In 2007, Emanuel publicly backed Chris Albrecht after Albrecht was fired from HBO for a domestic violence arrest, preceded by rumors of three earlier incidents of violence against women.[11] Emanuel wrote, "If Hollywood is going to give Mel Gibson a second chance, and sports fans are going to cheer on stars like Jason Kidd, Latrell Sprewell, and Stephen Jackson who have made similar mistakes, why not Chris Albrecht?"[12] Emanuel later helped Albrecht land his next job at IMG.[13]

Ari Emanuel has hosted fundraisers for the Democratic Party.[14]


An April 2002 lawsuit by agent Sandra Epstein against Endeavor Agency brought accusations by Epstein and other Endeavor employees against Emanuel.[15] In the court filings, Emanuel is alleged to have allowed a friend to operate a pornographic website out of Endeavor’s offices.[15] According to Epstein, Emanuel made racist and anti-gay remarks and prevented her from sending a script about Navy SEALs to actor Wesley Snipes, saying, "That is the dumbest thing I’ve ever heard. Everyone knows that blacks don’t swim".[15] Emanuel disputed these accusations at the time. Epstein’s claims were settled for $2.25 million.[15]

In March 2010 Emanuel started lobbying for a controversial Three strikes law pertaining to internet usage and file sharing. Opponents of three-strikes laws say there are significant problems with the policy. For one, it would cut off Internet access to entire households, not just individuals accused of illegal file-sharing. For another, the law, as laid out in French legislation, does not require a court to rule on the denial of access -- the individual need only be accused three times.[16]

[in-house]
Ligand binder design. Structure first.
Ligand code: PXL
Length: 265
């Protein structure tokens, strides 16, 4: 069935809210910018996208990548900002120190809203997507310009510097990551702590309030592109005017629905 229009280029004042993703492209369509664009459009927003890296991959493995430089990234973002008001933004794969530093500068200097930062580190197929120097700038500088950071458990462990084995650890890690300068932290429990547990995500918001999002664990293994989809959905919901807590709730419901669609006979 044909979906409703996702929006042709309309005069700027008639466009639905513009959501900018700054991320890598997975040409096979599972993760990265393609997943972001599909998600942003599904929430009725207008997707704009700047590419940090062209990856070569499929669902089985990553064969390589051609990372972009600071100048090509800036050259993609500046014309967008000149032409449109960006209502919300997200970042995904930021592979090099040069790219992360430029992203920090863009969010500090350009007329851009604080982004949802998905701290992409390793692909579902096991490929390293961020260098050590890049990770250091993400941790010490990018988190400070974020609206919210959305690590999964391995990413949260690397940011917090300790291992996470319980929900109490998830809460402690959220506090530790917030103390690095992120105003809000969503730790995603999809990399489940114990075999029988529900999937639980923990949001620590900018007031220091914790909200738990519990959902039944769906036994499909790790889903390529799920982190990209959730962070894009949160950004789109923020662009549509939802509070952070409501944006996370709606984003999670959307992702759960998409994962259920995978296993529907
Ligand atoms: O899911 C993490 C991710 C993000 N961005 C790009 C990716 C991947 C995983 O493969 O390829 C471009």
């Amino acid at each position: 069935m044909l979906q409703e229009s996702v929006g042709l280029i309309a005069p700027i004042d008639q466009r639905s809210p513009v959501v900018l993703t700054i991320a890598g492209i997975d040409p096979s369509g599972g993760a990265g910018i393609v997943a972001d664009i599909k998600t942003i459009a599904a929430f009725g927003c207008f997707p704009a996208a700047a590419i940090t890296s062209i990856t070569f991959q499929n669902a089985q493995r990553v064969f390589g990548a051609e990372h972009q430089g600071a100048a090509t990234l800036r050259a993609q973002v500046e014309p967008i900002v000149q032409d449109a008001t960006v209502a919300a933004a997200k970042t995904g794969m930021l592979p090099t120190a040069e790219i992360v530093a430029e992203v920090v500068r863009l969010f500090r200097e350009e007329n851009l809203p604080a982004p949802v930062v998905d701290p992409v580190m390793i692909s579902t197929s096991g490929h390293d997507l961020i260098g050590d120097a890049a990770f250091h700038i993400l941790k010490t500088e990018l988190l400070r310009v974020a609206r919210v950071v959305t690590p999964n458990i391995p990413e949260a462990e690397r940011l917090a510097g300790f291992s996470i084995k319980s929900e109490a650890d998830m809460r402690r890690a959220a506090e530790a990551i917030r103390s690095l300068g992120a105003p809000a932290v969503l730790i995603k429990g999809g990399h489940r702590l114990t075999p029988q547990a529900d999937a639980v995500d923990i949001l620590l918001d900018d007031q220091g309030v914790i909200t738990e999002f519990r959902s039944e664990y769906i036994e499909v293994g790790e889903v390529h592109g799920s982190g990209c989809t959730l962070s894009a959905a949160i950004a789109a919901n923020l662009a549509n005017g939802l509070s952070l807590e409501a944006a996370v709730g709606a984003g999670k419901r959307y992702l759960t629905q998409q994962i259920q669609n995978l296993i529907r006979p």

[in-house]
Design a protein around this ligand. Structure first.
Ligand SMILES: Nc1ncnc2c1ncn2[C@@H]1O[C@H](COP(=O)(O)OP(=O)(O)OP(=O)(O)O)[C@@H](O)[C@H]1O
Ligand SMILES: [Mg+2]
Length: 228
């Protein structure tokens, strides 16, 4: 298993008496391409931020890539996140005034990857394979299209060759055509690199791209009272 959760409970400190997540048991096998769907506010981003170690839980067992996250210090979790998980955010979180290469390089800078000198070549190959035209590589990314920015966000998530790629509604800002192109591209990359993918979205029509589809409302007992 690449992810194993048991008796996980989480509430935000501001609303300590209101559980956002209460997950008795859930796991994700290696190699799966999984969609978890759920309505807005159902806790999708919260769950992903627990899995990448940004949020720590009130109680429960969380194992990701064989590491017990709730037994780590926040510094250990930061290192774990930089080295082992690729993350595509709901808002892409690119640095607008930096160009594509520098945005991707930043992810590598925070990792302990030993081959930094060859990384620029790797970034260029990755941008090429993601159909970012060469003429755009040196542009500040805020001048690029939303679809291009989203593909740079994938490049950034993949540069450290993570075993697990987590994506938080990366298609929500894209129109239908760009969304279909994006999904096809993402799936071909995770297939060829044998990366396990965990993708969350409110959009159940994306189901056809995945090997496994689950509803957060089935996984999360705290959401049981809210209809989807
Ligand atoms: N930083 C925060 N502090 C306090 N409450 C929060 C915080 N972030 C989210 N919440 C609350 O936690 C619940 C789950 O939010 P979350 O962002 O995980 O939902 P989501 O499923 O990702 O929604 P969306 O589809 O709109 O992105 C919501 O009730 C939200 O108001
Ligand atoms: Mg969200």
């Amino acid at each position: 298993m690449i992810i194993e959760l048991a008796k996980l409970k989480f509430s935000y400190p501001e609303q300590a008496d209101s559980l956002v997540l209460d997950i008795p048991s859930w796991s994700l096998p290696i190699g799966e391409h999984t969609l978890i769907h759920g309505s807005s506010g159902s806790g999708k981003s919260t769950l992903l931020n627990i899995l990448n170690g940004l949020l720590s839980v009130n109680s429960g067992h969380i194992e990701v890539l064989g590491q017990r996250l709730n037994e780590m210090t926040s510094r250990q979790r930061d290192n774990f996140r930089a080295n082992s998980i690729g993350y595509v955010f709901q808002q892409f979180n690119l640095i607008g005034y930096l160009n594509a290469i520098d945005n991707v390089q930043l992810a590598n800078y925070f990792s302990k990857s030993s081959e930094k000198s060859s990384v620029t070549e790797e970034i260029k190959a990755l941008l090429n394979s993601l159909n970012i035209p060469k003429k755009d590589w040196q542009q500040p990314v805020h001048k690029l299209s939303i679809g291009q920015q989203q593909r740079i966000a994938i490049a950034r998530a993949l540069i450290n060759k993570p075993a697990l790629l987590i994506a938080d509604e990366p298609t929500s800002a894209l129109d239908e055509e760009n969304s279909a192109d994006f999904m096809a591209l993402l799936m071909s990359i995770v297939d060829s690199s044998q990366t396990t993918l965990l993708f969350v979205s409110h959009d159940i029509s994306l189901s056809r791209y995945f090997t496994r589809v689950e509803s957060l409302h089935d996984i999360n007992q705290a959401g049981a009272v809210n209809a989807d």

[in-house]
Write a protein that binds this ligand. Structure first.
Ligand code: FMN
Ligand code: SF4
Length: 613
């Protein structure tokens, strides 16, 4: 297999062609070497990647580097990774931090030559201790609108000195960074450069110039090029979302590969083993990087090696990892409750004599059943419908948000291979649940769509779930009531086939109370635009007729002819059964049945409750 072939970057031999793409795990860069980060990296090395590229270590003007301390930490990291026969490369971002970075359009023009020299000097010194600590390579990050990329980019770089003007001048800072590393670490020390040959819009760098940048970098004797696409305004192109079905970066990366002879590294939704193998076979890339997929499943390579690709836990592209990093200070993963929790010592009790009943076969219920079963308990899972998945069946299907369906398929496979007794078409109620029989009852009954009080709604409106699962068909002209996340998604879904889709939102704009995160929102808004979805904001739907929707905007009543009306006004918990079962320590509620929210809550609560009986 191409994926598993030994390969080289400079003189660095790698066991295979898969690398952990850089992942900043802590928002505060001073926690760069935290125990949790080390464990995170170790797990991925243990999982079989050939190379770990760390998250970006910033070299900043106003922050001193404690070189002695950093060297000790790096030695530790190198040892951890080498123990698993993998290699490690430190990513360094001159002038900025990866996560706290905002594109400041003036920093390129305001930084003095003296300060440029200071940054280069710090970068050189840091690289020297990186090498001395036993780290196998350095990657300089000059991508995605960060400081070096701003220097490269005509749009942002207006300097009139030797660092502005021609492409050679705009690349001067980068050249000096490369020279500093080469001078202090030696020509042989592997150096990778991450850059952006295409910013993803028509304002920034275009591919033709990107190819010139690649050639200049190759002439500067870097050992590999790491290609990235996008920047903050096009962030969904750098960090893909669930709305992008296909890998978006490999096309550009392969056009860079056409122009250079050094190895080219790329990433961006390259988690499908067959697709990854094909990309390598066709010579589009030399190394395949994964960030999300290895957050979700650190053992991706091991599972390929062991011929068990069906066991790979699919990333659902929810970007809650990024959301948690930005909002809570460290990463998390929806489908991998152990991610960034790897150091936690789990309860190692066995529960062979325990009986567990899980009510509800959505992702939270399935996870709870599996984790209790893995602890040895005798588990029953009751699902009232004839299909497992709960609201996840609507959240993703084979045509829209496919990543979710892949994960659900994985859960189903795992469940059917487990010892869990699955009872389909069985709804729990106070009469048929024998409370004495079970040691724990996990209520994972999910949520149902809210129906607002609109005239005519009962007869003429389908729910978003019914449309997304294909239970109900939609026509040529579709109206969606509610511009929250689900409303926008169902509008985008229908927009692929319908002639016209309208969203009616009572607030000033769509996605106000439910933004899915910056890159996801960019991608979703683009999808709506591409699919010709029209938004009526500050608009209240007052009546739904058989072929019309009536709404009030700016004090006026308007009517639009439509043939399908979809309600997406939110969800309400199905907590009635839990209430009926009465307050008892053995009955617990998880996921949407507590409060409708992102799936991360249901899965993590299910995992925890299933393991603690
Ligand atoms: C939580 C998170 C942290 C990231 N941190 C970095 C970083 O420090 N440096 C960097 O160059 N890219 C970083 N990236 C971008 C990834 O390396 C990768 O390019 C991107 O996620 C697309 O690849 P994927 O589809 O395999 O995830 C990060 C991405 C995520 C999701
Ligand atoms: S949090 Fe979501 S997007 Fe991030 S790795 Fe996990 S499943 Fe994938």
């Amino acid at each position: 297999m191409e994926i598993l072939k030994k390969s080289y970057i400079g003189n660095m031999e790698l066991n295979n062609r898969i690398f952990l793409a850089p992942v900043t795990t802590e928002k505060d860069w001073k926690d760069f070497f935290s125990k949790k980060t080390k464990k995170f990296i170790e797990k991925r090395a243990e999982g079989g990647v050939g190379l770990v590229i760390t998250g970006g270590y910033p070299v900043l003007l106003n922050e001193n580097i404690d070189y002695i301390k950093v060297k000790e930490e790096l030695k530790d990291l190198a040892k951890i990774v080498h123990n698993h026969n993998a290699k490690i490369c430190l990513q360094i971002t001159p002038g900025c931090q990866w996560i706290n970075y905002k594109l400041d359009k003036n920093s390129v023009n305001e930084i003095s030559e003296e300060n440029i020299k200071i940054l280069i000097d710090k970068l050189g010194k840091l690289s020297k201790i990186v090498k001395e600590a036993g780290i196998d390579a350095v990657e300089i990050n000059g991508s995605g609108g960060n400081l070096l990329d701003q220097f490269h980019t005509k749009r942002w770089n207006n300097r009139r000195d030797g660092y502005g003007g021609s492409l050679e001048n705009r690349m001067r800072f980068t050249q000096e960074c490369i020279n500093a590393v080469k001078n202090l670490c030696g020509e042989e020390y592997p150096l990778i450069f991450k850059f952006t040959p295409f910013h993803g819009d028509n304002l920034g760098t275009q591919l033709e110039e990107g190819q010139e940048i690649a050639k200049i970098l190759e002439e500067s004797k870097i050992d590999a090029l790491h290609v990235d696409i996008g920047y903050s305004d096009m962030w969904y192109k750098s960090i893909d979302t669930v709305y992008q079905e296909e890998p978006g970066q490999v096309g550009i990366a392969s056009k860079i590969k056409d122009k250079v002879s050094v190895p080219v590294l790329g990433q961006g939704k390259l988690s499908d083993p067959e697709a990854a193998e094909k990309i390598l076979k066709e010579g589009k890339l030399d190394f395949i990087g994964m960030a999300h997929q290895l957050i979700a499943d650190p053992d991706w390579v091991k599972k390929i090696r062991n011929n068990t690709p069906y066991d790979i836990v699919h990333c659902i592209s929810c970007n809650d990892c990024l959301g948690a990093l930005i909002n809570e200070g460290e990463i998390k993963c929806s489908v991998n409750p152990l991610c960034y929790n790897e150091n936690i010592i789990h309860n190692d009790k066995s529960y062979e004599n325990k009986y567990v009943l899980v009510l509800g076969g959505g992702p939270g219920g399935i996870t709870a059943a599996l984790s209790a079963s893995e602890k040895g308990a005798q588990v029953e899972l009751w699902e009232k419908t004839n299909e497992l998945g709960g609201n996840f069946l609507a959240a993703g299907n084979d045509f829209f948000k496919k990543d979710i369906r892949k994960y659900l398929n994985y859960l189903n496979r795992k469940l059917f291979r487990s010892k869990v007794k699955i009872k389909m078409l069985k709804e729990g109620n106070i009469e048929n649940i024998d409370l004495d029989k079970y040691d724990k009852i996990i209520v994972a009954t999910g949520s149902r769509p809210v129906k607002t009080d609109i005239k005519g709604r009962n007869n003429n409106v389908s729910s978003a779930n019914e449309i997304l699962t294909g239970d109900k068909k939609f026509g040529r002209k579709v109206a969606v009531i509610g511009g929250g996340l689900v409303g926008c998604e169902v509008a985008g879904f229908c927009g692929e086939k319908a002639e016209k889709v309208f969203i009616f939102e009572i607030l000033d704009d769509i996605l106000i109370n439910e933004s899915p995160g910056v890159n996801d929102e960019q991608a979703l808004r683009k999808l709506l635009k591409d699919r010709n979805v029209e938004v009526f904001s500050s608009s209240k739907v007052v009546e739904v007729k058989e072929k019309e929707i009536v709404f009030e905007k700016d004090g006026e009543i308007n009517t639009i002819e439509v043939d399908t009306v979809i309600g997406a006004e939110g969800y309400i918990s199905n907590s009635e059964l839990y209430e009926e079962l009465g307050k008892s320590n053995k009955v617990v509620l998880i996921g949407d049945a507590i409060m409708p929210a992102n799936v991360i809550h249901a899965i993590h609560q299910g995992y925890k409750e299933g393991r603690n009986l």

1. ^ Littleton, Cynthia (2009-04-27). "WMA, Endeavor approve merger". Variety. 
  2. ^ "Ari Emanuel: Main Details". Retrieved 2009-12-04. 
  3. ^ Not Just the Best of The Larry Sanders Show, interview. [DVD]. 2007. 
  4. ^ Horn, John (2006-06-28). "A Green Light for 'Aqua'?". The Los Angeles Times. Retrieved 2009-08-18. 
  5. ^ "Live Nation Inc". Retrieved 2009-12-04. 
  6. ^ "Profile: Rahm Emanuel". BBC News. 2008-11-07. Retrieved 2009-08-18. 
  7. ^ a b c d e Bumiller, Elisabeth (1997-06-15). "The Brothers Emanuel". The New York Times. Retrieved 2009-08-18. 
  8. ^ a b " About". Retrieved 2009-05-18. 
  9. ^ Emanuel, Ari (2006-07-30). "The Bottom Line on Mel Gibson's Anti-Semitic Remarks". The Huffington Post. 
  10. ^ "Nicole Kidman and 84 Others Stand United Against Terrorism" Hollywood Grind. 18 August 2006.
  11. ^ Finke, Nikki (2007-05-10). "Ari Emanuel Defends Fired Chris Albrecht". Nikki Finke's Deadline Hollywood Daily. 
  12. ^ Emanuel, Ari (2006-05-10). "In Defense of Chris Albrecht". The Huffington Post. 
  13. ^ Finke, Nikki (2007-09-18). "Is Endeavor Playing Into IMG's Hands?". Nikki Finke's Deadline Hollywood Daily. 
  14. ^
  15. ^ a b c d Cieply, Michael (2008-07-27). "Agents Replaying a Hollywood Drama". The New York Times. Retrieved 2009-08-18. 
  16. ^ story, raw (2010-03-15). "Rahm Emanuel’s brother lobbies for ‘three strikes’ law against downloaders". Retrieved 2010-03-16.